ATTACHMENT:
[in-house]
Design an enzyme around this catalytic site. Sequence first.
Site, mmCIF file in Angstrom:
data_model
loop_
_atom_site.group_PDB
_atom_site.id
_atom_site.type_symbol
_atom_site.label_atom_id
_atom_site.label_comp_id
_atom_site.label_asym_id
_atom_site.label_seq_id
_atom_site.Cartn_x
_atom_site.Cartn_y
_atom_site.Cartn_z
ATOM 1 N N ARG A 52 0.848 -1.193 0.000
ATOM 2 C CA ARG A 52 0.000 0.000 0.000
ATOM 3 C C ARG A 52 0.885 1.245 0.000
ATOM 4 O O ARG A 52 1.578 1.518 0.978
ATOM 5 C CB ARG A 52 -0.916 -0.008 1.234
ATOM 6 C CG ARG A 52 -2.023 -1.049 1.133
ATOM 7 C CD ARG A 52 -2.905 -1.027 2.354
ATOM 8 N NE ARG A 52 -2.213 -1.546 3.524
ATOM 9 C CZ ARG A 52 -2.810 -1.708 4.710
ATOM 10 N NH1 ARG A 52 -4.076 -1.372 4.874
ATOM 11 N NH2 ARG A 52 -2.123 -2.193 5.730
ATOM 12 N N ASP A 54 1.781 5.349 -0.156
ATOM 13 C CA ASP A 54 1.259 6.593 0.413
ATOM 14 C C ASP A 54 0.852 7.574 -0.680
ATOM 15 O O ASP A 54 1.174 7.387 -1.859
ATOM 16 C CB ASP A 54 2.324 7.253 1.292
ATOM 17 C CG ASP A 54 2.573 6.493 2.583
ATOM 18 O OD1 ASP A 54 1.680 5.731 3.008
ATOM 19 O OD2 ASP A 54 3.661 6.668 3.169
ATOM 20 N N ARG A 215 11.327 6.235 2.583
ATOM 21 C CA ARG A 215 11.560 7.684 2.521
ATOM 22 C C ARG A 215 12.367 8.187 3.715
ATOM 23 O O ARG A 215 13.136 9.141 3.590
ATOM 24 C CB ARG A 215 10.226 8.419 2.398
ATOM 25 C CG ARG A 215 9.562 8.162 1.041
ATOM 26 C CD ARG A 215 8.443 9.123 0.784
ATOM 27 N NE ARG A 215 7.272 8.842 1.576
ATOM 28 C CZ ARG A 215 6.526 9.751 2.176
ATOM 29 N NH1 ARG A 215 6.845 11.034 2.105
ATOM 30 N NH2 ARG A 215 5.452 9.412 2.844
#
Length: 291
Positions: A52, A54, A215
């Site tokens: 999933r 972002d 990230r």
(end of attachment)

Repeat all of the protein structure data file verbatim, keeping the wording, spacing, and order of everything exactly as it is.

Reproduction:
[in-house]
Design an enzyme around this catalytic site. Sequence first.
Site, mmCIF file in Angstrom:
data_model
loop_
_atom_site.group_PDB
_atom_site.id
_atom_site.type_symbol
_atom_site.label_atom_id
_atom_site.label_comp_id
_atom_site.label_asym_id
_atom_site.label_seq_id
_atom_site.Cartn_x
_atom_site.Cartn_y
_atom_site.Cartn_z
ATOM 1 N N ARG A 52 0.848 -1.193 0.000
ATOM 2 C CA ARG A 52 0.000 0.000 0.000
ATOM 3 C C ARG A 52 0.885 1.245 0.000
ATOM 4 O O ARG A 52 1.578 1.518 0.978
ATOM 5 C CB ARG A 52 -0.916 -0.008 1.234
ATOM 6 C CG ARG A 52 -2.023 -1.049 1.133
ATOM 7 C CD ARG A 52 -2.905 -1.027 2.354
ATOM 8 N NE ARG A 52 -2.213 -1.546 3.524
ATOM 9 C CZ ARG A 52 -2.810 -1.708 4.710
ATOM 10 N NH1 ARG A 52 -4.076 -1.372 4.874
ATOM 11 N NH2 ARG A 52 -2.123 -2.193 5.730
ATOM 12 N N ASP A 54 1.781 5.349 -0.156
ATOM 13 C CA ASP A 54 1.259 6.593 0.413
ATOM 14 C C ASP A 54 0.852 7.574 -0.680
ATOM 15 O O ASP A 54 1.174 7.387 -1.859
ATOM 16 C CB ASP A 54 2.324 7.253 1.292
ATOM 17 C CG ASP A 54 2.573 6.493 2.583
ATOM 18 O OD1 ASP A 54 1.680 5.731 3.008
ATOM 19 O OD2 ASP A 54 3.661 6.668 3.169
ATOM 20 N N ARG A 215 11.327 6.235 2.583
ATOM 21 C CA ARG A 215 11.560 7.684 2.521
ATOM 22 C C ARG A 215 12.367 8.187 3.715
ATOM 23 O O ARG A 215 13.136 9.141 3.590
ATOM 24 C CB ARG A 215 10.226 8.419 2.398
ATOM 25 C CG ARG A 215 9.562 8.162 1.041
ATOM 26 C CD ARG A 215 8.443 9.123 0.784
ATOM 27 N NE ARG A 215 7.272 8.842 1.576
ATOM 28 C CZ ARG A 215 6.526 9.751 2.176
ATOM 29 N NH1 ARG A 215 6.845 11.034 2.105
ATOM 30 N NH2 ARG A 215 5.452 9.412 2.844
#
Length: 291
Positions: A52, A54, A215
């Site tokens: 999933r 972002d 990230r």